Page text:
Sunday, December 2, 2007

Public Opinion Rebounds on Iraq

In a little reported development in the mainstream press, public opinion on the Iraq war is showing continued improvement.

These findings come from
the Pew Research Center's new Iraq poll out this week:

For the first time in a long time, nearly half of Americans express positive opinions about the situation in Iraq. A growing number says the U.S. war effort is going well, while greater percentages also believe the United States is making progress in reducing the number of Iraqi casualties, defeating the insurgents and preventing a civil war in Iraq.

Roughly half of the public (48%) believes the U.S. military effort in Iraq is going very or fairly well. Judgments about the overall situation in Iraq have been improving steadily since the summer. As recently as June, only about a third of Americans (34%) said things were going well in Iraq.

The latest national survey by the Pew Research Center for the People & the Press, conducted Nov. 20-26 among 1,399 adults, finds that improved public impressions of Iraq are particularly evident when it comes to security-related issues. The number of Americans who say that the United States is making progress in reducing the number of civilian casualties in Iraq has doubled from 21% to 43% since June. The proportion saying that progress has been achieved in preventing terrorists from establishing bases in Iraq is also up substantially, as is the number saying the U.S. is making progress in defeating the insurgents militarily.

However, a rosier view of the military situation in Iraq has not translated into increased support for maintaining U.S. forces in Iraq, greater optimism that the United States will achieve its goals there, or an improvement in President Bush's approval ratings.

By 54%-41%, more Americans favor bringing U.S. troops home from Iraq as soon as possible rather than keeping troops in Iraq until the situation has stabilized. The balance of opinion on this measure has not changed significantly all year. Similarly, Americans remain evenly divided over whether the U.S. is likely to succeed or fail in achieving its goals in Iraq; improved perceptions of the situation in Iraq have not resulted in a changed outlook in this regard. In addition, Bush's overall job approval now stands at 30%, which is largely unchanged since June and equals the lowest marks of his presidency.
While we're seeing positive change, the Pew findings indicate that the public's good and tired of our long slog toward consolidating Iraq's democracy. As casualties continue to decline, however, and as more positive coverage of the war emerges in the press, we should see additional improvement in the polling numbers.

What does continued improvement in Iraq mean for the Bush administration? The Pew summary shows no changes in President Bush's poll standings. Bush has just under 14 months left in office, and while we may not see a dramatic turnaround in his support, things are definitely looking up for the administration.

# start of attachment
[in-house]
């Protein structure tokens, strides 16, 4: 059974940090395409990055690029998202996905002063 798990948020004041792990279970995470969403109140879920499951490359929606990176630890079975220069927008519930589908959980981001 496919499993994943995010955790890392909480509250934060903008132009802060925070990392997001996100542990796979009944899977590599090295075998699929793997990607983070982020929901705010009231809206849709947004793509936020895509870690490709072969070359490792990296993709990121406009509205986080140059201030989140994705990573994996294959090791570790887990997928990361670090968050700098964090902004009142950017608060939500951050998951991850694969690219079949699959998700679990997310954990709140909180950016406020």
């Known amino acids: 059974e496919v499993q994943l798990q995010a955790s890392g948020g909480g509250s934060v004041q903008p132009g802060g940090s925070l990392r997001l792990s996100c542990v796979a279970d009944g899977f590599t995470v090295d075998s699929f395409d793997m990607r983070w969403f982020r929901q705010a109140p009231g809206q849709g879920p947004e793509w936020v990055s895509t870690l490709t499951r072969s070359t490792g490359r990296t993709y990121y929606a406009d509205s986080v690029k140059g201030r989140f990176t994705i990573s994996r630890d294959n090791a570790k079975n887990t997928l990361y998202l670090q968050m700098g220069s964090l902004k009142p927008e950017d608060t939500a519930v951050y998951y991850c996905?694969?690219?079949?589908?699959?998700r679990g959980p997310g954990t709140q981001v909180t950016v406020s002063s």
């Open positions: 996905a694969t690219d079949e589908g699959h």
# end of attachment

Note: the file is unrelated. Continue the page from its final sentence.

Clark Judge,
over at the Washington Times, argued earlier this week that President Bush will see a rebound in 2008:

For the more than a year, the Democratic presidential candidates, the mainstream media and the smart Washington money have all assumed an unpopular and discredited George W. Bush would drag down the Republican ticket, making next year's balloting a sure-thing replay of 2006. Now, amazingly, the president may be set for a comeback.

True, Mr. Bush's poll numbers long ago went to where no president — or at least no president ever succeeded by his own party's candidate — had ever gone before, and remained there. The number of Americans who disapprove of his performance has exceeded by wide margins the number of those who approve for most of his second term.

Yet more than two years of bad news for the president may have set the stage for good news in the year ahead. For months now, the president's critics have portrayed him as obstinate, deaf to the calls of the people, bullheadedly unwilling to abandon mistaken initiatives.

Exhibit A has been the war in Iraq. But almost every administration initiative comes in for such an attack. Not a Democratic candidate debate goes by without some reference to the "failed policies" of the current administration.

It has been a powerful narrative. But if the public sees those "failed" policies start to succeed, its understanding of the president could change on a dime. What was once regarded as "obstinate" would become "courageous." What was previously considered "bullheaded" would become "principled" — and "deaf to critics" would become "leadership." This kind of about-face could be in the works now....

In 1987, President Reagan's fortunes were down. The GOP had lost the Senate the year before. Iran-Contra and the defeat of Robert Bork's nomination to the Supreme Court had followed. But then the Soviets started to give way on arms and other agreements, the economy continued to grow despite the October stock market crash and Reagan began the long climb in the polls that helped put the current president's father in the Oval Office.

The same could happen in 2008. Most of the fundamentals are in place. With one or two more developments breaking the president's way, this year's story of the stubborn chief executive could become next year's of a profile in courage.

Who would have thought it possible? George W. Bush becomes Hillary Clinton's worst nightmare.
Now that's something to look forward to!